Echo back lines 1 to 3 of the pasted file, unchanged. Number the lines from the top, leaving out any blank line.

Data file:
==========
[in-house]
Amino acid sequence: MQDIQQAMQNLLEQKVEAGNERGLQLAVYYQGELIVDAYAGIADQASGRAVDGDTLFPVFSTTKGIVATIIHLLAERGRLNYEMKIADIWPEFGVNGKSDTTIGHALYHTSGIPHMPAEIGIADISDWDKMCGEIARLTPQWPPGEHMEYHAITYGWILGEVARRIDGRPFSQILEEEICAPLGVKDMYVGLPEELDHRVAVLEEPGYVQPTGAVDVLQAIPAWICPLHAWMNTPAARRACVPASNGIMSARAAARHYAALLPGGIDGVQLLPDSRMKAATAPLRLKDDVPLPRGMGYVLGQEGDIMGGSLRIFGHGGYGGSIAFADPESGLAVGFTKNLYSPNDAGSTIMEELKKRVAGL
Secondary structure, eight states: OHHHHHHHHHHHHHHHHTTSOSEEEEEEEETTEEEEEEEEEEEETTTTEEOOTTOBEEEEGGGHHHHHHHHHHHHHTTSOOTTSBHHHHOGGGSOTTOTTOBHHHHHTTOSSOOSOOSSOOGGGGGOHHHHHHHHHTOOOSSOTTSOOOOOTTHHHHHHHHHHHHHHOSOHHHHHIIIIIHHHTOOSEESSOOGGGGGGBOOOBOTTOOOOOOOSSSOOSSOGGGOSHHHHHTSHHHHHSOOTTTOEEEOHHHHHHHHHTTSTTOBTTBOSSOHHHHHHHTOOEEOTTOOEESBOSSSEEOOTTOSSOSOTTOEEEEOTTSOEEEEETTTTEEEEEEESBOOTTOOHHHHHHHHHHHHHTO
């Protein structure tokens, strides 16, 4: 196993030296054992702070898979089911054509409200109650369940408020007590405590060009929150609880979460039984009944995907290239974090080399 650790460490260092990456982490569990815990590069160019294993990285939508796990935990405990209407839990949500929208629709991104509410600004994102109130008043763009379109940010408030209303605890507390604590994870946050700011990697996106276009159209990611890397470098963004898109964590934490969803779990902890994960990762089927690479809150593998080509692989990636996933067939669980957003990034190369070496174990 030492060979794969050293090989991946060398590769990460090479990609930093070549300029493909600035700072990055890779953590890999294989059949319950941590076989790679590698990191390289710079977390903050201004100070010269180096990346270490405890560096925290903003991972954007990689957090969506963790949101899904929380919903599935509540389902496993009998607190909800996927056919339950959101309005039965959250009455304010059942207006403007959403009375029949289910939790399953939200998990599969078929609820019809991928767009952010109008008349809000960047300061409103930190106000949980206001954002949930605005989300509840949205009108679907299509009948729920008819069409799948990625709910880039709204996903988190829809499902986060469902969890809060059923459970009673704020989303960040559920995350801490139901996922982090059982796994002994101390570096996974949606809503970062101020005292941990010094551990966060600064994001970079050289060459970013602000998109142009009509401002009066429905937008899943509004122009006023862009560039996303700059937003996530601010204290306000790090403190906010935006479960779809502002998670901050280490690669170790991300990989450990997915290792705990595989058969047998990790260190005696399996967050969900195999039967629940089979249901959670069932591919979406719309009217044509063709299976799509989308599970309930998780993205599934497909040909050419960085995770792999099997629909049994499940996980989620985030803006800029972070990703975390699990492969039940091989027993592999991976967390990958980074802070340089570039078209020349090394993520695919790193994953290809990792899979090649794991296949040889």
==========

[in-house]
Amino acid sequence: MQDIQQAMQNLLEQKVEAGNERGLQLAVYYQGELIVDAYAGIADQASGRAVDGDTLFPVFSTTKGIVATIIHLLAERGRLNYEMKIADIWPEFGVNGKSDTTIGHALYHTSGIPHMPAEIGIADISDWDKMCGEIARLTPQWPPGEHMEYHAITYGWILGEVARRIDGRPFSQILEEEICAPLGVKDMYVGLPEELDHRVAVLEEPGYVQPTGAVDVLQAIPAWICPLHAWMNTPAARRACVPASNGIMSARAAARHYAALLPGGIDGVQLLPDSRMKAATAPLRLKDDVPLPRGMGYVLGQEGDIMGGSLRIFGHGGYGGSIAFADPESGLAVGFTKNLYSPNDAGSTIMEELKKRVAGL
Secondary structure, eight states: OHHHHHHHHHHHHHHHHTTSOSEEEEEEEETTEEEEEEEEEEEETTTTEEOOTTOBEEEEGGGHHHHHHHHHHHHHTTSOOTTSBHHHHOGGGSOTTOTTOBHHHHHTTOSSOOSOOSSOOGGGGGOHHHHHHHHHTOOOSSOTTSOOOOOTTHHHHHHHHHHHHHHOSOHHHHHIIIIIHHHTOOSEESSOOGGGGGGBOOOBOTTOOOOOOOSSSOOSSOGGGOSHHHHHTSHHHHHSOOTTTOEEEOHHHHHHHHHTTSTTOBTTBOSSOHHHHHHHTOOEEOTTOOEESBOSSSEEOOTTOSSOSOTTOEEEEOTTSOEEEEETTTTEEEEEEESBOOTTOOHHHHHHHHHHHHHTO